Death: It's a costly business

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Clients often won’t understand the full cost that death brings. If your clients are struggling to understand how a life insurance payout would help with unexpected costs, show them these eight scenarios calculated by courtesy of lifeinsurancefinder.com.au:

  1. The funeral. This cost is obvious. There are a lot of options for preparing for the event in advance, from prepaid funerals, funeral bonds and funeral insurance. A basic cremation will cost upwards of $4000, while a more elaborate casket, burial and flowers will be around $14,000. There are plenty of variables to change the cost equation, such as a funeral directors service fee, transportation, cemetery plot, celebrant or clergy, flowers, obituary, a headstone and, afterwards, a wake.
  2. The will. There are DIY kits from retailers for less than $100, but clients are likely to waste time and money if it is not done correctly and later deemed invalid during probate. A suburban solicitor may charge from $300 for drawing up a simple will. It will cost more if it is not straightforward, or if you engage a larger legal practice.
  3. The executor. While this person can be a private trustee or a solicitor it is generally a good idea if it’s someone you know well and trust. Professional rates vary as does the work involved in sorting out an individual's estate. A contingency fund of $10,000 to $15,000 is deemed prudent. State-based public trustees offer a sliding fee scale – for example in NSW it starts at 4.4% for modest estates, to 1.1% for amounts greater than $300,000, with a minimum charge of $200. Not all States and Territories operate this way - it is best to check. Laws covering deceased estates are well established. In NSW, again as an example, solicitors acting as executors are governed by a law that stipulates their fees be between $500 and $13,900.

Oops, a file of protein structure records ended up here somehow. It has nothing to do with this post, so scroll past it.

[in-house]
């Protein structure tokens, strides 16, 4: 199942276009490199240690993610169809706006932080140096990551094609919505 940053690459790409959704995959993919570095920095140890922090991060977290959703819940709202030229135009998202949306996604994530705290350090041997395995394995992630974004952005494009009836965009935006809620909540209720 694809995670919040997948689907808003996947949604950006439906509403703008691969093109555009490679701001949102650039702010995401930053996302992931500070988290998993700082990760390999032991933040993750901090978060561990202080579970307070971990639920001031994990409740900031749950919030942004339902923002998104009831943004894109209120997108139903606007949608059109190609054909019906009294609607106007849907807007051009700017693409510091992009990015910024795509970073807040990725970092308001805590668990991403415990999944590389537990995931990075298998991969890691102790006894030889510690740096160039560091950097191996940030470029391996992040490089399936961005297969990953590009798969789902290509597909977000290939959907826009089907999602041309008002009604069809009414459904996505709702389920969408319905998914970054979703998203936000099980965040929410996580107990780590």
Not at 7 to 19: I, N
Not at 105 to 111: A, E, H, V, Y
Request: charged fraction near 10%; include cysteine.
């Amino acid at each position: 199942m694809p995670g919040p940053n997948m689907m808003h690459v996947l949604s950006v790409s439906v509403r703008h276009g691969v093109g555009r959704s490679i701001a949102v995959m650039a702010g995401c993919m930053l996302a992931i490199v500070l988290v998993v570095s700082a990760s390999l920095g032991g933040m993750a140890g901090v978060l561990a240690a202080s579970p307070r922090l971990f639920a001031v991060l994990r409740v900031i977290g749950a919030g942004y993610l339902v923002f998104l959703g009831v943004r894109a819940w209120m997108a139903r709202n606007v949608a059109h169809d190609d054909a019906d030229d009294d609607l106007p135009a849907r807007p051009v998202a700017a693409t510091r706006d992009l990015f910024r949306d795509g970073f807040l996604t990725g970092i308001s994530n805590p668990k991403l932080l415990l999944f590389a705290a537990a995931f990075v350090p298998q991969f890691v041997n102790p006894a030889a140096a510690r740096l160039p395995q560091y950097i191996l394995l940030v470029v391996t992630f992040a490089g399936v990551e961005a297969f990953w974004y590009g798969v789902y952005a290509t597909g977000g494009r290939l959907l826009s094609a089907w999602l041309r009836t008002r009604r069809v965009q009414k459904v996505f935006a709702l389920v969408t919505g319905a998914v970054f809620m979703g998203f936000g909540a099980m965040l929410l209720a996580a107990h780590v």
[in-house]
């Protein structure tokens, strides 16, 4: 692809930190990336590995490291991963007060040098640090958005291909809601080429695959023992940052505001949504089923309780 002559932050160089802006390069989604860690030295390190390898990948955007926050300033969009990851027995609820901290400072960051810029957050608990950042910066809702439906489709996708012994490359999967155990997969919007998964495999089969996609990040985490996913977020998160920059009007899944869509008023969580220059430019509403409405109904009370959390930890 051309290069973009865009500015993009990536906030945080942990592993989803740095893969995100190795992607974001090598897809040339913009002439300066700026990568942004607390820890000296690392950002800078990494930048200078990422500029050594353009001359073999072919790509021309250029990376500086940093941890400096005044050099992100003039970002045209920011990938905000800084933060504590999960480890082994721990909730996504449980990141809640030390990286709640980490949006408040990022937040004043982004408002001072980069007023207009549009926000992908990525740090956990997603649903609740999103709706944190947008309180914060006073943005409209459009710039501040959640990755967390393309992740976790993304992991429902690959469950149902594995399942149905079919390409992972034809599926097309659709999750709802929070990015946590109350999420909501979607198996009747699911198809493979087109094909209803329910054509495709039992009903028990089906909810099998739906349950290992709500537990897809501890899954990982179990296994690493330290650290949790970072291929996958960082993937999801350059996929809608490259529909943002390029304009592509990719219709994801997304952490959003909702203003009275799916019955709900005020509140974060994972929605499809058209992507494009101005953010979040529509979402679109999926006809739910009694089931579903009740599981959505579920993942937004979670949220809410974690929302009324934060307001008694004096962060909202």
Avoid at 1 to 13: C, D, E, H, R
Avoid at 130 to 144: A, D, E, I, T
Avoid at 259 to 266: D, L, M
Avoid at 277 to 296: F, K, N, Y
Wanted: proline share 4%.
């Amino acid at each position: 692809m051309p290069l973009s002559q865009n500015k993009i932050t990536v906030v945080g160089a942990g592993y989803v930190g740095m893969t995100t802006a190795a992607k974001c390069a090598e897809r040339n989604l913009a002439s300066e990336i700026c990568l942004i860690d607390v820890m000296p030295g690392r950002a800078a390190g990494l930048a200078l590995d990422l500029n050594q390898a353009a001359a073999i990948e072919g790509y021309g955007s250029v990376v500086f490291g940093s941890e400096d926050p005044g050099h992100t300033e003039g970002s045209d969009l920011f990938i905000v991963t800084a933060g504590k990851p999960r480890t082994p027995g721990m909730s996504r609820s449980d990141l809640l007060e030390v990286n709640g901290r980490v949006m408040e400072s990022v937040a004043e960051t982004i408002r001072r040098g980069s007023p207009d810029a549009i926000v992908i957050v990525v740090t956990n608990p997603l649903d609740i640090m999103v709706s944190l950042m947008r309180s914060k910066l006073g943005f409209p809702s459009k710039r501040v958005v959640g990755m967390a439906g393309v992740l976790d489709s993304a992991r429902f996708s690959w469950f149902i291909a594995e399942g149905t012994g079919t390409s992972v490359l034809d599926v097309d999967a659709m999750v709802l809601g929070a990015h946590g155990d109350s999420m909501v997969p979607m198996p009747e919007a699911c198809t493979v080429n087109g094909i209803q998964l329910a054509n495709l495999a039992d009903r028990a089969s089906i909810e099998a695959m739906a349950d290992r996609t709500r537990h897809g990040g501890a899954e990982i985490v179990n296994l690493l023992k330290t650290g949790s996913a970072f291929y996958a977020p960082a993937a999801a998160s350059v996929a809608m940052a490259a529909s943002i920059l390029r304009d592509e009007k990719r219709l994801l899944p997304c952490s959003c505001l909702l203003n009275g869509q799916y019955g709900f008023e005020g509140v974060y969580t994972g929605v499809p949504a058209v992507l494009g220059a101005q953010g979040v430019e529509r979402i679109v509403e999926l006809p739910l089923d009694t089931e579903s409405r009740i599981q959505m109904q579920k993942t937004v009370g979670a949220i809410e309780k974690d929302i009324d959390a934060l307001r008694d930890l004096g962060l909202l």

4. Defending the will. In the absence of a will, assets may get eaten up in a lawyers’ picnic if probate is contested. Getting the right professional advice could save an estate big time if it prevents a will from being contested – which could cost tens of thousands to defend.
  5. Online assets. In this digital age it is more important than ever to protect your online identity. Categorise digital assets – devices and stored data such as photos, videos, music, texts, diaries/blogs, social media accounts, email, licences, file-sharing accounts, financial management accounts, domain registrations, websites and online businesses. Passwords can be left with the executor, a trusted person or a digital estate planner, which may cost a couple of hundred dollars.
  6. The power of attorney. Privacy laws make it difficult or impossible for a third party to act on a person's behalf if they do not have a power of attorney. This could be a trusted person, a solicitor or a State-based public trustee, each of which have varying rates. Having one will make it easier for someone else to pay outstanding medical bills, cancel direct debits, subscriptions and memberships, close bank accounts, phone accounts, utility services, or insurance policies.
  7. The final tax return: This is where life’s only two certainties – death and taxes – come together. Make sure all taxes are as up to date as possible, and that the power of attorney or executor will organise the final year’s tax return. Leaving a last return until after death is likely to cost upwards of two hours in management fees or between $300 and $1,000 to finalise.
  8. Personal items. Cleaning up household items can be emotional for those left to do it. A skip bin can cost anywhere from $200 to $800, or storage if family members want to keep some items. A self-storage space the size of a bedroom (3x3x2.4m) will cost $245 a month in an inner-metropolitan area. That adds up quick – accruing about $3,000 a year. Outer-urban storage is about $100 a month, less expensive, but still chews through $1700 a year.

If clients don't have a policy in place, then it's vital that they account for these costs well in advance.

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